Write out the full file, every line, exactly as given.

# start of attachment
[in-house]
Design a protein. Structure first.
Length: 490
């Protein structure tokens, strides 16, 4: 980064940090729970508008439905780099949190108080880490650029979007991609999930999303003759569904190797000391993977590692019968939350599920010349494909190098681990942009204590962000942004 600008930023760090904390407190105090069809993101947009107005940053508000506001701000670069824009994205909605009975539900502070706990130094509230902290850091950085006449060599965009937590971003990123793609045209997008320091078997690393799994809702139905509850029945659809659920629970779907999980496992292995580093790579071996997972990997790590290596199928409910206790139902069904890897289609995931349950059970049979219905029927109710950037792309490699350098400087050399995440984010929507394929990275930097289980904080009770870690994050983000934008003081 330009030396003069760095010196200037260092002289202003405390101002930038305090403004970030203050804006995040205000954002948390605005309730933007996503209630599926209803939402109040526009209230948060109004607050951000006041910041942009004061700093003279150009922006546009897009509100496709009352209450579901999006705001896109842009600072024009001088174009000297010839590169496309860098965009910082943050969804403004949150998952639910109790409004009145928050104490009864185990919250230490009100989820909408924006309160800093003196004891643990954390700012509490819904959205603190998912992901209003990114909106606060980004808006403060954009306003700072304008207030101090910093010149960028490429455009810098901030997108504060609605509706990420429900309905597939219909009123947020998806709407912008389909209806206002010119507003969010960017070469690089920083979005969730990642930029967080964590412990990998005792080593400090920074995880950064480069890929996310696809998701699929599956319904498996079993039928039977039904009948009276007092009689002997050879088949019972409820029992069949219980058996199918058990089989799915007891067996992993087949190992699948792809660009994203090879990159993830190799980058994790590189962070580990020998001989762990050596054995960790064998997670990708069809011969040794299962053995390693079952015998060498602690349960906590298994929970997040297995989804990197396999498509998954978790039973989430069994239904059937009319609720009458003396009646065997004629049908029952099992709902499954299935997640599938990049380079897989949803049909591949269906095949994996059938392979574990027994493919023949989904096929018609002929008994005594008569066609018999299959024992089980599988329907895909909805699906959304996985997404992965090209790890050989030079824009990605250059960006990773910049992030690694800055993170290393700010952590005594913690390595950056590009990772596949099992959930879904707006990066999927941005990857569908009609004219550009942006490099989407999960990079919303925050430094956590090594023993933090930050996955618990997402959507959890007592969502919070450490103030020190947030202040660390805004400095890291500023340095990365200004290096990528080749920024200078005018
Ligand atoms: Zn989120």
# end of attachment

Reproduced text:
[in-house]
Design a protein. Structure first.
Length: 490
């Protein structure tokens, strides 16, 4: 980064940090729970508008439905780099949190108080880490650029979007991609999930999303003759569904190797000391993977590692019968939350599920010349494909190098681990942009204590962000942004 600008930023760090904390407190105090069809993101947009107005940053508000506001701000670069824009994205909605009975539900502070706990130094509230902290850091950085006449060599965009937590971003990123793609045209997008320091078997690393799994809702139905509850029945659809659920629970779907999980496992292995580093790579071996997972990997790590290596199928409910206790139902069904890897289609995931349950059970049979219905029927109710950037792309490699350098400087050399995440984010929507394929990275930097289980904080009770870690994050983000934008003081 330009030396003069760095010196200037260092002289202003405390101002930038305090403004970030203050804006995040205000954002948390605005309730933007996503209630599926209803939402109040526009209230948060109004607050951000006041910041942009004061700093003279150009922006546009897009509100496709009352209450579901999006705001896109842009600072024009001088174009000297010839590169496309860098965009910082943050969804403004949150998952639910109790409004009145928050104490009864185990919250230490009100989820909408924006309160800093003196004891643990954390700012509490819904959205603190998912992901209003990114909106606060980004808006403060954009306003700072304008207030101090910093010149960028490429455009810098901030997108504060609605509706990420429900309905597939219909009123947020998806709407912008389909209806206002010119507003969010960017070469690089920083979005969730990642930029967080964590412990990998005792080593400090920074995880950064480069890929996310696809998701699929599956319904498996079993039928039977039904009948009276007092009689002997050879088949019972409820029992069949219980058996199918058990089989799915007891067996992993087949190992699948792809660009994203090879990159993830190799980058994790590189962070580990020998001989762990050596054995960790064998997670990708069809011969040794299962053995390693079952015998060498602690349960906590298994929970997040297995989804990197396999498509998954978790039973989430069994239904059937009319609720009458003396009646065997004629049908029952099992709902499954299935997640599938990049380079897989949803049909591949269906095949994996059938392979574990027994493919023949989904096929018609002929008994005594008569066609018999299959024992089980599988329907895909909805699906959304996985997404992965090209790890050989030079824009990605250059960006990773910049992030690694800055993170290393700010952590005594913690390595950056590009990772596949099992959930879904707006990066999927941005990857569908009609004219550009942006490099989407999960990079919303925050430094956590090594023993933090930050996955618990997402959507959890007592969502919070450490103030020190947030202040660390805004400095890291500023340095990365200004290096990528080749920024200078005018
Ligand atoms: Zn989120």